You should consider the whole deal, not just the rental income. You'll find that the tenant value other parts of the deal differently to you, and you may be able to "win" to far greater extent on something else than you "lose" on rent.

Simplify service provisions

If your property is multi-let or the units have common services of any sort, do make sure all the lease provisions are the same. You will create a nightmare if each tenant is allowed to negotiate different terms. Make sure the total obligations add up to 100% of the total cost. This requires separate consideration of each item of expenditure.

There is value in maintaining a good working relationship

You will find your lease terms accepted more readily if you have considered the tenant’s likely reaction.

If your solicitor thinks he is doing you a favour by producing a draconian draft that uses difficult and intimidating language, put him right. You want good tenants who pay your rent, not a reputation for machismo and an empty building.

Include a rent review clause

Commercial property leases with terms longer than three years generally incorporate a provision for the rent to be reviewed every three, four, or five years. The review is usually "upwards only". Infrequent reviews obviously lead to your total payment being less over the term of the lease.

You could compromise on the initial rent in return for the ability to increase it later by a larger amount. This will be beneficial to your tenant if he is starting up, and could persuade him to let your property rather than another.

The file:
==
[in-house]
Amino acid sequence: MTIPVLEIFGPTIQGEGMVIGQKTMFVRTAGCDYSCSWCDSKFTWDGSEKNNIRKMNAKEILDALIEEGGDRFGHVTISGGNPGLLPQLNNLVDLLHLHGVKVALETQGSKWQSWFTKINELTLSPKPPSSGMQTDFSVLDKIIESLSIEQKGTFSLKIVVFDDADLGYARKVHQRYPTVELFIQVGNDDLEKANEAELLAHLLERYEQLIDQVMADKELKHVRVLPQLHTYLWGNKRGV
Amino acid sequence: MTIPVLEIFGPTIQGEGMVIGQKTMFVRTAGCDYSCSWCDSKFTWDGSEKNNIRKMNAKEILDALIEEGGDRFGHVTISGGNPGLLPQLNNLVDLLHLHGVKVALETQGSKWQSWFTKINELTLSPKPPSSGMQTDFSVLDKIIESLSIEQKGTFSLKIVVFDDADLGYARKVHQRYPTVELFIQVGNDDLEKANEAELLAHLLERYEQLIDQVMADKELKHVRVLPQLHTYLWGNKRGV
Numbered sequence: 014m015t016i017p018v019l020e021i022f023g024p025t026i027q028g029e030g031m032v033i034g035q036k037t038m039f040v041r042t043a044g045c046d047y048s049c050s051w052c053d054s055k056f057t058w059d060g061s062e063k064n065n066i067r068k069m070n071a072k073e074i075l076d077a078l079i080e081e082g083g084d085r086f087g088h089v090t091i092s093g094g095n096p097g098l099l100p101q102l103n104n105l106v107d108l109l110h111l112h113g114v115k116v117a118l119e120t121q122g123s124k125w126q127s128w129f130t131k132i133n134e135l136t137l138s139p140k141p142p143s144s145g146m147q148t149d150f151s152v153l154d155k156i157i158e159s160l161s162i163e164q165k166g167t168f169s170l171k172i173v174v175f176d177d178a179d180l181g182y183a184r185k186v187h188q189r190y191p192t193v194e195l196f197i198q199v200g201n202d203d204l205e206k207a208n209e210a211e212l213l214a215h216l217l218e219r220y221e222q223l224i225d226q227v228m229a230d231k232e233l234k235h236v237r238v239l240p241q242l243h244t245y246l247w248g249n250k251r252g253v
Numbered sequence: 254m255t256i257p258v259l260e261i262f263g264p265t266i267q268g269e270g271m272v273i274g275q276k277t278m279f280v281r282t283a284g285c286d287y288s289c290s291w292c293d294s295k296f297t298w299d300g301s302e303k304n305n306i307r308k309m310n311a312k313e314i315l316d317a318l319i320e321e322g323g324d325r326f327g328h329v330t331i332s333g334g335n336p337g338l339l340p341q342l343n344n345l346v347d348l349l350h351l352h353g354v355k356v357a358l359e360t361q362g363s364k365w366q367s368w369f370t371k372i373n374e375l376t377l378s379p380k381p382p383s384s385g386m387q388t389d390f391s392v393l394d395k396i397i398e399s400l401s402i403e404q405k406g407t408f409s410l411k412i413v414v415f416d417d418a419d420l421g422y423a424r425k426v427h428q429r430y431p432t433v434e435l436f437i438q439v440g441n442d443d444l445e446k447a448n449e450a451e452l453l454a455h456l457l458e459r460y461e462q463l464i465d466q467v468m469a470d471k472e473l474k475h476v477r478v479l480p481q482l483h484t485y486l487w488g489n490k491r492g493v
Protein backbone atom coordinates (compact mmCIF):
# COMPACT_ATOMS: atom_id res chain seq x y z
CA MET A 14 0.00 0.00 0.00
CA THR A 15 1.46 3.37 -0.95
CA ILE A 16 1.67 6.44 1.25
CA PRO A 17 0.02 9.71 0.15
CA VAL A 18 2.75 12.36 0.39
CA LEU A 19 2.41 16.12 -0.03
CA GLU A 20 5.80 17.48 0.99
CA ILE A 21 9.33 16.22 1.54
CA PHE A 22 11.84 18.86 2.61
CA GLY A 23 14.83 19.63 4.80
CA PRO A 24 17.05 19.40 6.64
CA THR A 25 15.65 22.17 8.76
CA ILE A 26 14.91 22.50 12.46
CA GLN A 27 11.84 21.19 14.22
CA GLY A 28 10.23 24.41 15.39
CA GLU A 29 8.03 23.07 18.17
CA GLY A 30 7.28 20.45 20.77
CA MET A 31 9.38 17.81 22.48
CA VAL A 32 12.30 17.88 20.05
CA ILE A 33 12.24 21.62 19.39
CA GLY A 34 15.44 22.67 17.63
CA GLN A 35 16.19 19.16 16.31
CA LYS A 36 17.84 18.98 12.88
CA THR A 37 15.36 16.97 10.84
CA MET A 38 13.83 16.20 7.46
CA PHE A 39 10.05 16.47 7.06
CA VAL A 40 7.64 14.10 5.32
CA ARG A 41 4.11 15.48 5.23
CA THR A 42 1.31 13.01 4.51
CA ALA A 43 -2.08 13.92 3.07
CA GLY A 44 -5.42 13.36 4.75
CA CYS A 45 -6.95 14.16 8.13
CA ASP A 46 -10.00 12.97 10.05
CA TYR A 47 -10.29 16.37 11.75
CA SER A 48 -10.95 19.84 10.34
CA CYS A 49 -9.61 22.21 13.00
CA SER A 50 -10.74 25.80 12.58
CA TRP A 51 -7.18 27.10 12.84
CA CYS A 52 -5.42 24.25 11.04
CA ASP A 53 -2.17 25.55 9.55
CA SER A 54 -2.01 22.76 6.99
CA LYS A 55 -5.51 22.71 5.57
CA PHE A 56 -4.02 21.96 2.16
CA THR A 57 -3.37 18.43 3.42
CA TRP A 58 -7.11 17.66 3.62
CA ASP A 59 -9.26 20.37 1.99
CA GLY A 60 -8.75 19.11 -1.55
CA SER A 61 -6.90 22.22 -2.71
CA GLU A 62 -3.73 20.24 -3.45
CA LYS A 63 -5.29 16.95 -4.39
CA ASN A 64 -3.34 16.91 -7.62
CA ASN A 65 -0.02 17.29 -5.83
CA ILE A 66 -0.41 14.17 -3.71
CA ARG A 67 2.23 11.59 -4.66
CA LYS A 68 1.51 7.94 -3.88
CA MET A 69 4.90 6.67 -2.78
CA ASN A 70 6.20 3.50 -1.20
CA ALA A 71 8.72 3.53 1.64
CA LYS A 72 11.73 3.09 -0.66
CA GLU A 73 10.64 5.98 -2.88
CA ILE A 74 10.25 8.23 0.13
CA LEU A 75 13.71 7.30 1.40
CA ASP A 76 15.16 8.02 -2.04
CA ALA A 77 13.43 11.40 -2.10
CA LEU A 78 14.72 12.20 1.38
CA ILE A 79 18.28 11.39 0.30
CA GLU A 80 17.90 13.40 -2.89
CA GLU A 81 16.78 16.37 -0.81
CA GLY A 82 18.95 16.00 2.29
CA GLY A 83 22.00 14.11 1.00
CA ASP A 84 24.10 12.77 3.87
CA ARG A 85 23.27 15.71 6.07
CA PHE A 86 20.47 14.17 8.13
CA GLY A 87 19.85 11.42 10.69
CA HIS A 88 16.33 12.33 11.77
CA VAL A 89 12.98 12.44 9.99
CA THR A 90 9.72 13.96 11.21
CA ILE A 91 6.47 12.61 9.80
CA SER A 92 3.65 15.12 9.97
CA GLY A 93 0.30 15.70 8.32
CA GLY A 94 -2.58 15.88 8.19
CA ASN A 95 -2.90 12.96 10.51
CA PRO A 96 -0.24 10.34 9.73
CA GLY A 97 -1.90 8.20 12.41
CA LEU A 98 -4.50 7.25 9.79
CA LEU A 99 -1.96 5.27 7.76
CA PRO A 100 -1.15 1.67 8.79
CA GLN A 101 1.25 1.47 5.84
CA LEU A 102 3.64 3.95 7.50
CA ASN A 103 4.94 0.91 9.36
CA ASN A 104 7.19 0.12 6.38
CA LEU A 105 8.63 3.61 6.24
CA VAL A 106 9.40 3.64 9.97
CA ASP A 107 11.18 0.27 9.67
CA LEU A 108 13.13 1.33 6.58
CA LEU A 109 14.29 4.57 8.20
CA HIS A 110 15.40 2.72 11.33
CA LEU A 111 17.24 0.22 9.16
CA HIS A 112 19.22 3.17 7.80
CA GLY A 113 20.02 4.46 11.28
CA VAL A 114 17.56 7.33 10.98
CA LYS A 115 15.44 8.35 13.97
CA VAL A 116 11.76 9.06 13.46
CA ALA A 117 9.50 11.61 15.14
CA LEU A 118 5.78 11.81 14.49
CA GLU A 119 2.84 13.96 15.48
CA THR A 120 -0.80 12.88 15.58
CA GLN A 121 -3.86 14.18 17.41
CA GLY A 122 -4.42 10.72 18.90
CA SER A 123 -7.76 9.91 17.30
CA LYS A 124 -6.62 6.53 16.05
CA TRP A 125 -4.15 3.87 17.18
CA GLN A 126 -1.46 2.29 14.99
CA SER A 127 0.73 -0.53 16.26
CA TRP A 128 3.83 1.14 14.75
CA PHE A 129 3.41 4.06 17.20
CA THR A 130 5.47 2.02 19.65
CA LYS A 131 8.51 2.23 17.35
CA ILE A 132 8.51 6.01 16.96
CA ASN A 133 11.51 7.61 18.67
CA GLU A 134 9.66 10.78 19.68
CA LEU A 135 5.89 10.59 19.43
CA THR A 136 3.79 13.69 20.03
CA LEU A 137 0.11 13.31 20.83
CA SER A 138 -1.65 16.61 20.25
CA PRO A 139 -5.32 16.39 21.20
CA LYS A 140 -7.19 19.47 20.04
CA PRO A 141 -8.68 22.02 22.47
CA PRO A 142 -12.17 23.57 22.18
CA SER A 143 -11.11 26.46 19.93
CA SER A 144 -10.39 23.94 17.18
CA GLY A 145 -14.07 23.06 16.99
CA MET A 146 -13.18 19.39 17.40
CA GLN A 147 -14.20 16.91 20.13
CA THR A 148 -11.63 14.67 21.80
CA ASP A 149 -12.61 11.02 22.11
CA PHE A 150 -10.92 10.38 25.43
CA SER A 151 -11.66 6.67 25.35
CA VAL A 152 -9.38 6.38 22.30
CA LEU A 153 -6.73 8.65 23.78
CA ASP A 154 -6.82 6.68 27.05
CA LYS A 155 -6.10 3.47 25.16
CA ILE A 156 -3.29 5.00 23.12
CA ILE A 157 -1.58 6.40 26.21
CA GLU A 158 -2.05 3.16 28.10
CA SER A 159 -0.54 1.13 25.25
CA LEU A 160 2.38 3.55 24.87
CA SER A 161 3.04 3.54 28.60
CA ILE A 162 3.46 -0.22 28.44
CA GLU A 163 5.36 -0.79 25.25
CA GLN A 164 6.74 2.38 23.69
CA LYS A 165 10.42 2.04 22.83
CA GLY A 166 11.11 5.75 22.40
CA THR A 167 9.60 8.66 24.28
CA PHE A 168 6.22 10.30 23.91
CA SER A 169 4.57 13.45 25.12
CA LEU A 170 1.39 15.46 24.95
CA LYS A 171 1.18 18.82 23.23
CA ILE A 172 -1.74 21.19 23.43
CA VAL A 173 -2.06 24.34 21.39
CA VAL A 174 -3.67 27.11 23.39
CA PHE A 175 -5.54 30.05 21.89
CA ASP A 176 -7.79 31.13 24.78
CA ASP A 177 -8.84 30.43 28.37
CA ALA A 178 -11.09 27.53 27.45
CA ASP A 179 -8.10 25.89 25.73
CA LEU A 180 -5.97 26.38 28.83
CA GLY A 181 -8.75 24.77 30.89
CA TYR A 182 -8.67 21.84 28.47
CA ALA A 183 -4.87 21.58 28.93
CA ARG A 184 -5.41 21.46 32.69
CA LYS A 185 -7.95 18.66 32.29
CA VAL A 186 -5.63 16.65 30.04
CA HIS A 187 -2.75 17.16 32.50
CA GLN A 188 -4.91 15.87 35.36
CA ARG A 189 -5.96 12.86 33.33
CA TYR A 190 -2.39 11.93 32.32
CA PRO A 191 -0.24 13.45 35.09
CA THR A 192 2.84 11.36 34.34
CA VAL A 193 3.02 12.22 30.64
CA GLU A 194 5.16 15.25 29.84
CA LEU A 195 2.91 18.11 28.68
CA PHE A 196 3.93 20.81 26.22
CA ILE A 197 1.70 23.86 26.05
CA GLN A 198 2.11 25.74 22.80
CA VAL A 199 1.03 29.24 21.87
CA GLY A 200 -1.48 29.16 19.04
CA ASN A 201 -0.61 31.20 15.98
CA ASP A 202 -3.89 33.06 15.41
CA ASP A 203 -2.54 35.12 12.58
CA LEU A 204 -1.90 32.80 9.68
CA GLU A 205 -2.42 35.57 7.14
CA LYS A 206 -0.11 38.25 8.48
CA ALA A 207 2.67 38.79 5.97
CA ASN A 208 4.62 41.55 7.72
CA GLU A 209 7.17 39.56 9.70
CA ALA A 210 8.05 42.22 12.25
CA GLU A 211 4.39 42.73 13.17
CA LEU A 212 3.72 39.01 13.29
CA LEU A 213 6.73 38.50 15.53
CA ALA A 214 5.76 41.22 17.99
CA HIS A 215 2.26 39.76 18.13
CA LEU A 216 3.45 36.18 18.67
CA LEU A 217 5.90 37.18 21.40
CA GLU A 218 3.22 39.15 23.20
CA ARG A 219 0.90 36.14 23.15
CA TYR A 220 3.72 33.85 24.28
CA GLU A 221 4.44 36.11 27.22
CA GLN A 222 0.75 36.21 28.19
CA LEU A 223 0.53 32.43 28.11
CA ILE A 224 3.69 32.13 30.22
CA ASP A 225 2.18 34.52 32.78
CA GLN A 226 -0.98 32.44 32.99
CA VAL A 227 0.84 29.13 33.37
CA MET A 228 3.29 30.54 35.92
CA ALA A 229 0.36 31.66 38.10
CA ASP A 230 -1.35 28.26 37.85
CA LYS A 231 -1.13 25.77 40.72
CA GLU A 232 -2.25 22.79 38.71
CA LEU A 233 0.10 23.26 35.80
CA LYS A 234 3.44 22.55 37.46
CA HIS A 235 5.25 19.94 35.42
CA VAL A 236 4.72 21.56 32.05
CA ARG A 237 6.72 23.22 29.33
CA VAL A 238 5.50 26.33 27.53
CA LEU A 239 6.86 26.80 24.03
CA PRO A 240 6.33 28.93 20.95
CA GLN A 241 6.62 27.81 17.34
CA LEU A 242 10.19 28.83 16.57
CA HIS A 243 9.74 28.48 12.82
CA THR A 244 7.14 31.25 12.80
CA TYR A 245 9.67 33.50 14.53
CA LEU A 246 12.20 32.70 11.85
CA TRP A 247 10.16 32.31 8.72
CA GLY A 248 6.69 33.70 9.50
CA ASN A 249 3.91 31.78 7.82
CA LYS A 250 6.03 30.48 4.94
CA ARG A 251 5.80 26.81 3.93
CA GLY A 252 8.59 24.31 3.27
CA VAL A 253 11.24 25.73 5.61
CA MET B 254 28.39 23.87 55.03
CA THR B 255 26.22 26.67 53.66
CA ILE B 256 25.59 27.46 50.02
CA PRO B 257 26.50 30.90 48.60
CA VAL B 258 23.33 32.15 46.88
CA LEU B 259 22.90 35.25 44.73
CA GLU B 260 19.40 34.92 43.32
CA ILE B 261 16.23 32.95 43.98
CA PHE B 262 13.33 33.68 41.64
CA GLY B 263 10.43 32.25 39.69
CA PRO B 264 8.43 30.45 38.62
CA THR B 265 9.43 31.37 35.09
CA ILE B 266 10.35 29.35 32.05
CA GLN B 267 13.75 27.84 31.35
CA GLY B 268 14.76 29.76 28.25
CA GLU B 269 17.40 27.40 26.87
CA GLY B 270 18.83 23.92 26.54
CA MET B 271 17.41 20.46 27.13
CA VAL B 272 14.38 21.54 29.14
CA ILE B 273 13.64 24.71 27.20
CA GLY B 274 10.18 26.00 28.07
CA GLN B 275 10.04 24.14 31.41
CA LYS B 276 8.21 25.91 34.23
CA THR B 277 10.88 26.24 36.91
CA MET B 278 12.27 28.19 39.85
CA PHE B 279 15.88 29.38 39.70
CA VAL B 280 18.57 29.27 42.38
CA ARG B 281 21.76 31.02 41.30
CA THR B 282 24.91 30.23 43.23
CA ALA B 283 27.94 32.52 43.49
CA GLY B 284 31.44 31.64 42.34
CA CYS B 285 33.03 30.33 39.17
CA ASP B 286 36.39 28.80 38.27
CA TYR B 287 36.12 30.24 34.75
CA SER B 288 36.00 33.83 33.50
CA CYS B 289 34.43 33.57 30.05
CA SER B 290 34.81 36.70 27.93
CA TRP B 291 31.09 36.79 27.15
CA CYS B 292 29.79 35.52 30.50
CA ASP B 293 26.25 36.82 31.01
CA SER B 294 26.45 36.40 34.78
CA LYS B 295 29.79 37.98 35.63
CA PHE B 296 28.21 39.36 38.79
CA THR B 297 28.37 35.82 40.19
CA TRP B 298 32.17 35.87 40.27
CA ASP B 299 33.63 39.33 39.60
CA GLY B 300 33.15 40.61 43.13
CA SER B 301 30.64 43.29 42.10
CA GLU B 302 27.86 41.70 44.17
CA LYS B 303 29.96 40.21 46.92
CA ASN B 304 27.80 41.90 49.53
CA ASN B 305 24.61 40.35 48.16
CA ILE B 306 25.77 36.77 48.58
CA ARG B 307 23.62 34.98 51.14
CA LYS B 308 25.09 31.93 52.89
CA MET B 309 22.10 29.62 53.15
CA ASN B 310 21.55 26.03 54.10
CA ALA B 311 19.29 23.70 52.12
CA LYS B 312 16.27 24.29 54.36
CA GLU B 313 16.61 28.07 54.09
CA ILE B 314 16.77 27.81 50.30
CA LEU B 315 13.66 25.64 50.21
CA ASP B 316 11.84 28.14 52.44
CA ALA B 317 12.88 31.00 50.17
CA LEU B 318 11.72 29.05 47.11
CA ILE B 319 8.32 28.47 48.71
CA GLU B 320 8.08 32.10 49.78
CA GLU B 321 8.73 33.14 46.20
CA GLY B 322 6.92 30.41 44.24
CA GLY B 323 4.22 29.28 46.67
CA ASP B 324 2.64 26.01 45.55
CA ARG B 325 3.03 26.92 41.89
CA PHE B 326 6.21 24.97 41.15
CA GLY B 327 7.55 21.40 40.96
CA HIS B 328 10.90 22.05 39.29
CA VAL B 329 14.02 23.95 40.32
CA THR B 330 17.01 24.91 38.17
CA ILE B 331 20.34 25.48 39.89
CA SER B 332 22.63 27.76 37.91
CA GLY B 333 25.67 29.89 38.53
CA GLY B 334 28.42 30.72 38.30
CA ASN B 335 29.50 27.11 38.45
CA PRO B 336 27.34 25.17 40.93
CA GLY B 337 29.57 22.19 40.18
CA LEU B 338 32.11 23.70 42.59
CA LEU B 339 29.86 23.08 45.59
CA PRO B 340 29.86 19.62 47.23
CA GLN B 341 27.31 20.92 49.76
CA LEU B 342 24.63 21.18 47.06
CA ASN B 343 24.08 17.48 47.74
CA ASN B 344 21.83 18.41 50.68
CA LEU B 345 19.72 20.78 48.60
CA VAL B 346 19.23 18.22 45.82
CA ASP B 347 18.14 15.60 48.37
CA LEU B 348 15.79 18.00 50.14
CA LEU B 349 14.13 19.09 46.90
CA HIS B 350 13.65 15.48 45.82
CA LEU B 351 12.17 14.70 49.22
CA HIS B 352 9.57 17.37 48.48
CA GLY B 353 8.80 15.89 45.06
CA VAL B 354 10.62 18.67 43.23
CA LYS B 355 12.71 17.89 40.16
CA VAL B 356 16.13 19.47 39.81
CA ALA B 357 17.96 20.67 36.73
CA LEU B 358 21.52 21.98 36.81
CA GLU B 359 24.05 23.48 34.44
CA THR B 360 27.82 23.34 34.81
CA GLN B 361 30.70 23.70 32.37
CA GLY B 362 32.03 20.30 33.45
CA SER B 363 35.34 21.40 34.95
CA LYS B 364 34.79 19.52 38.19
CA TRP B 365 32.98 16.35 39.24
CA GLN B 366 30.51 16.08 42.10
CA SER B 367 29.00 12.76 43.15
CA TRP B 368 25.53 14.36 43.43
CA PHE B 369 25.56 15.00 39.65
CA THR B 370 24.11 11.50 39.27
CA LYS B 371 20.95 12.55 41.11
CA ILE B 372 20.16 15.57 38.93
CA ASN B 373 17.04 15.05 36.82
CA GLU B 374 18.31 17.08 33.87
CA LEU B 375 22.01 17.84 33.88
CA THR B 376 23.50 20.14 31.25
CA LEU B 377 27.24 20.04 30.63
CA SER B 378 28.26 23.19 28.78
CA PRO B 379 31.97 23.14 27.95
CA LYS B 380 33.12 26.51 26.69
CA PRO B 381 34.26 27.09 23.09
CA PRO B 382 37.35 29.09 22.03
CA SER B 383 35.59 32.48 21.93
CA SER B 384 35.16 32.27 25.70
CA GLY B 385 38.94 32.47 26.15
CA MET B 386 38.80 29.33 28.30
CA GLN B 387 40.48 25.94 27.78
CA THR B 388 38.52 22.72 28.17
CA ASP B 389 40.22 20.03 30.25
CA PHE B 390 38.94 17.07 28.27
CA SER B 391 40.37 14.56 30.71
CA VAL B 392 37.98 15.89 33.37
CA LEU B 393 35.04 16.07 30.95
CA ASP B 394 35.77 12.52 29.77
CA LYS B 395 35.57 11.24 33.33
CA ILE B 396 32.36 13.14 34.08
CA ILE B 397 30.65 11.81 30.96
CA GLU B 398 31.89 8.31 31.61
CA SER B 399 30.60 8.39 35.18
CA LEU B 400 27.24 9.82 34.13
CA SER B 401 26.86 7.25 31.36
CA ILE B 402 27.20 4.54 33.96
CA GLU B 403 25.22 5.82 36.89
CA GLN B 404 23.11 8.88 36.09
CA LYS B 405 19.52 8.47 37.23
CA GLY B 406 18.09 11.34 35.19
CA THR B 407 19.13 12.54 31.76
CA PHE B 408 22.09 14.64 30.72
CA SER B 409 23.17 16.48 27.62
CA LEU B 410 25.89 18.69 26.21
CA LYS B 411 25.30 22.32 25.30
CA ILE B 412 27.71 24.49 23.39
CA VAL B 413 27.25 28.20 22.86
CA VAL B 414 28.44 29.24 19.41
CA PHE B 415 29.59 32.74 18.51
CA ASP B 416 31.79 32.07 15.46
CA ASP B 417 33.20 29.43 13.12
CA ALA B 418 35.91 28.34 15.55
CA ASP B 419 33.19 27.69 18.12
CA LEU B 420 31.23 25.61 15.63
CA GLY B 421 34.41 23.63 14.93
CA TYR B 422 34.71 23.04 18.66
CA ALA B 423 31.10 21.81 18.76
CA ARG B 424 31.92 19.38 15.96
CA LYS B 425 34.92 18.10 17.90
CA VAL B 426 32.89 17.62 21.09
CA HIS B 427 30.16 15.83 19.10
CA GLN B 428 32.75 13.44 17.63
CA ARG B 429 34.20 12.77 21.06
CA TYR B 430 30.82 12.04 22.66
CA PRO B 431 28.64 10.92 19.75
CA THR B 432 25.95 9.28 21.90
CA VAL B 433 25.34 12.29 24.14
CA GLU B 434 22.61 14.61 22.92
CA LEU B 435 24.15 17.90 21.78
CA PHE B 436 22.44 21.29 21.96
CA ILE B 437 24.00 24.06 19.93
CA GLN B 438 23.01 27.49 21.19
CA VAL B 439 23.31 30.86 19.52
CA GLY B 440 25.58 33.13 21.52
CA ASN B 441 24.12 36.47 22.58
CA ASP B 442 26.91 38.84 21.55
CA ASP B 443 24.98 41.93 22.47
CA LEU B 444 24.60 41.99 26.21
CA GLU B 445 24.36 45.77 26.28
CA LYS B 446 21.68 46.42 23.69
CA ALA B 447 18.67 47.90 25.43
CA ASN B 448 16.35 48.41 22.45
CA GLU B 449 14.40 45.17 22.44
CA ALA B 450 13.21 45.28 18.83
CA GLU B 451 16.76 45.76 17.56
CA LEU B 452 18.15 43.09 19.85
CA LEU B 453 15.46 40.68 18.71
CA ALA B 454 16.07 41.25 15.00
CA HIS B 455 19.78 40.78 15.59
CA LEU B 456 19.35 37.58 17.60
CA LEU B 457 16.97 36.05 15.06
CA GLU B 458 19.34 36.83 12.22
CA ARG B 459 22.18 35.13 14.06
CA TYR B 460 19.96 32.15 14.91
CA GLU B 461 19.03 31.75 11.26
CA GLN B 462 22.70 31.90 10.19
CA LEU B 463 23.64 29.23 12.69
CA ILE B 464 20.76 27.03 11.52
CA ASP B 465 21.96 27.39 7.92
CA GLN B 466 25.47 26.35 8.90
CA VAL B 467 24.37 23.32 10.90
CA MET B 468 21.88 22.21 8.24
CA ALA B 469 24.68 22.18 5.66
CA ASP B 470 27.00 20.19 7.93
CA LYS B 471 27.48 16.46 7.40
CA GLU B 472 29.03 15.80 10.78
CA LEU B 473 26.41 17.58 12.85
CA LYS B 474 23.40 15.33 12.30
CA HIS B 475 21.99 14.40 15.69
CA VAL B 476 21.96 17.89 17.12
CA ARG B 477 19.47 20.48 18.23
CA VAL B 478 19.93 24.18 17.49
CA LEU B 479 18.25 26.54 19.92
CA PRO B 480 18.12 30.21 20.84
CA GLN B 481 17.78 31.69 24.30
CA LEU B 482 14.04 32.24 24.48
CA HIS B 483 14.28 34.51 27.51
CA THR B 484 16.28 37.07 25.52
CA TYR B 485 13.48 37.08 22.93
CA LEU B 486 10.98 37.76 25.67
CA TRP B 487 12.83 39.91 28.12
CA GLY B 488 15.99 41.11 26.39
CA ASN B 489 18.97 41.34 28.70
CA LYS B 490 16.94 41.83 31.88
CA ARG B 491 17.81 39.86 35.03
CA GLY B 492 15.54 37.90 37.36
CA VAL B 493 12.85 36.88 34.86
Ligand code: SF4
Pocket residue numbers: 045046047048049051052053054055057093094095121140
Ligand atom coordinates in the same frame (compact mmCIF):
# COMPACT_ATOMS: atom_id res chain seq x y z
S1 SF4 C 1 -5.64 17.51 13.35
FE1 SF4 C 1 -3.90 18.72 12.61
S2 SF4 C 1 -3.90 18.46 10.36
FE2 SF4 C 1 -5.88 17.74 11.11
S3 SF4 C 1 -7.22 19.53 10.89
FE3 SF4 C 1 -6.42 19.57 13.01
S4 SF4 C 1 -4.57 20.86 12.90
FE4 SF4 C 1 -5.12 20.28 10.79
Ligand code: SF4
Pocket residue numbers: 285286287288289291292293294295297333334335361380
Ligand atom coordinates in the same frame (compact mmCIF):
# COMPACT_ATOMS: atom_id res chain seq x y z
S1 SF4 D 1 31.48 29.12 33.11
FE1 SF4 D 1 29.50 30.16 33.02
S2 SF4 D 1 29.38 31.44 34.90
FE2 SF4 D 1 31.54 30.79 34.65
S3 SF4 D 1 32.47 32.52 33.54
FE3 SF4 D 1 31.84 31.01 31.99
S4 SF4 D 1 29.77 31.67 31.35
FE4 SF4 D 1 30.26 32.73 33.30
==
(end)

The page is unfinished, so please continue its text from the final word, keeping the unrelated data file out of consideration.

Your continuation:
Obtain safe guarantors

Always obtain two guarantors for a limited company or one for a new sole trader. Many people operate their business on the basis that if it goes down that is no problem because anything of value is already in the name of wife, husband or mother. The safest guarantors are those most distant from your tenant, so try to avoid spouses and children.

Record all the details immediately after agreement

As soon as you have negotiated a deal, make sure all the points you have agreed go out to the other side in writing. Otherwise you will find that one or other of the solicitors is “re-inventing the wheel”. Using a Net Lawman lease template can be beneficial to do this.

Use a lease drawn by an expert in commercial property

If you want to maximise the value of your property as security for borrowing use a lease drawn by an expert in commercial property (as Net Lawman's document are). Small changes to the words of the lease may make a big difference.


Remember that in all matters relating to commercial property, the only rule is “there are no rules”. Virtually every term of value to you can be negotiated.

Further information

You may also want to read our tips for tenants so that you understand what may be important to them.

Other articles that might be of interest include our introduction to property leases and our discussion of key terms in a lease.

Please note that the information provided on this page:

  • Does not provide a complete or authoritative statement of the law;
  • Does not constitute legal advice by Net Lawman;
  • Does not create a contractual relationship;
  • Does not form part of any other advice, whether paid or free.